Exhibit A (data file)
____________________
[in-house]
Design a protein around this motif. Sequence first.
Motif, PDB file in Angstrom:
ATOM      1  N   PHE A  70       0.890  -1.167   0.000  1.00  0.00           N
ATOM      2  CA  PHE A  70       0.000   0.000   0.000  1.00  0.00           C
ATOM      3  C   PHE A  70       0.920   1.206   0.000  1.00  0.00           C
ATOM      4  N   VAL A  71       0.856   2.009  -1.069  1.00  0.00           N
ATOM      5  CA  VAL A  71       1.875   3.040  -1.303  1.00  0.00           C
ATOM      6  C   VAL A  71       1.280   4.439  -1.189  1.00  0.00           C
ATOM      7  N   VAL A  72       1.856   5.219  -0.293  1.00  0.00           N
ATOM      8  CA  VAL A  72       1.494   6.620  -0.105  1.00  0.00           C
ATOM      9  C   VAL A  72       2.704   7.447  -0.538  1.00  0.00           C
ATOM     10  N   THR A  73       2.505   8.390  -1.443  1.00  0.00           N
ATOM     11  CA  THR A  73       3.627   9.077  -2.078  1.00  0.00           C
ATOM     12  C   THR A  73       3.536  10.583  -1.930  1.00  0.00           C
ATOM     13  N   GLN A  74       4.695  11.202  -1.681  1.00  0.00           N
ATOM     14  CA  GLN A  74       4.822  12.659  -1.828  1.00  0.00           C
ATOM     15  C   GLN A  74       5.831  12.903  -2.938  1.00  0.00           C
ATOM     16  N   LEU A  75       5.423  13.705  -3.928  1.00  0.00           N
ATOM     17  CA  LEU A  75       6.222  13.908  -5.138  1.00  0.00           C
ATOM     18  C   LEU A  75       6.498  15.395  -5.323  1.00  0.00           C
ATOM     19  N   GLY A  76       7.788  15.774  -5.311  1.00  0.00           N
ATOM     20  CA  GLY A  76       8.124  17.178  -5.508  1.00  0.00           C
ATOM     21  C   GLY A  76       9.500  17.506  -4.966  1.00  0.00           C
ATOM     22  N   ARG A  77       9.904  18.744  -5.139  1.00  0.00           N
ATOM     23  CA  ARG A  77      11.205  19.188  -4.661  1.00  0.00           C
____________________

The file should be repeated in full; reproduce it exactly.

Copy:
[in-house]
Design a protein around this motif. Sequence first.
Motif, PDB file in Angstrom:
ATOM      1  N   PHE A  70       0.890  -1.167   0.000  1.00  0.00           N
ATOM      2  CA  PHE A  70       0.000   0.000   0.000  1.00  0.00           C
ATOM      3  C   PHE A  70       0.920   1.206   0.000  1.00  0.00           C
ATOM      4  N   VAL A  71       0.856   2.009  -1.069  1.00  0.00           N
ATOM      5  CA  VAL A  71       1.875   3.040  -1.303  1.00  0.00           C
ATOM      6  C   VAL A  71       1.280   4.439  -1.189  1.00  0.00           C
ATOM      7  N   VAL A  72       1.856   5.219  -0.293  1.00  0.00           N
ATOM      8  CA  VAL A  72       1.494   6.620  -0.105  1.00  0.00           C
ATOM      9  C   VAL A  72       2.704   7.447  -0.538  1.00  0.00           C
ATOM     10  N   THR A  73       2.505   8.390  -1.443  1.00  0.00           N
ATOM     11  CA  THR A  73       3.627   9.077  -2.078  1.00  0.00           C
ATOM     12  C   THR A  73       3.536  10.583  -1.930  1.00  0.00           C
ATOM     13  N   GLN A  74       4.695  11.202  -1.681  1.00  0.00           N
ATOM     14  CA  GLN A  74       4.822  12.659  -1.828  1.00  0.00           C
ATOM     15  C   GLN A  74       5.831  12.903  -2.938  1.00  0.00           C
ATOM     16  N   LEU A  75       5.423  13.705  -3.928  1.00  0.00           N
ATOM     17  CA  LEU A  75       6.222  13.908  -5.138  1.00  0.00           C
ATOM     18  C   LEU A  75       6.498  15.395  -5.323  1.00  0.00           C
ATOM     19  N   GLY A  76       7.788  15.774  -5.311  1.00  0.00           N
ATOM     20  CA  GLY A  76       8.124  17.178  -5.508  1.00  0.00           C
ATOM     21  C   GLY A  76       9.500  17.506  -4.966  1.00  0.00           C
ATOM     22  N   ARG A  77       9.904  18.744  -5.139  1.00  0.00           N
ATOM     23  CA  ARG A  77      11.205  19.188  -4.661  1.00  0.00           C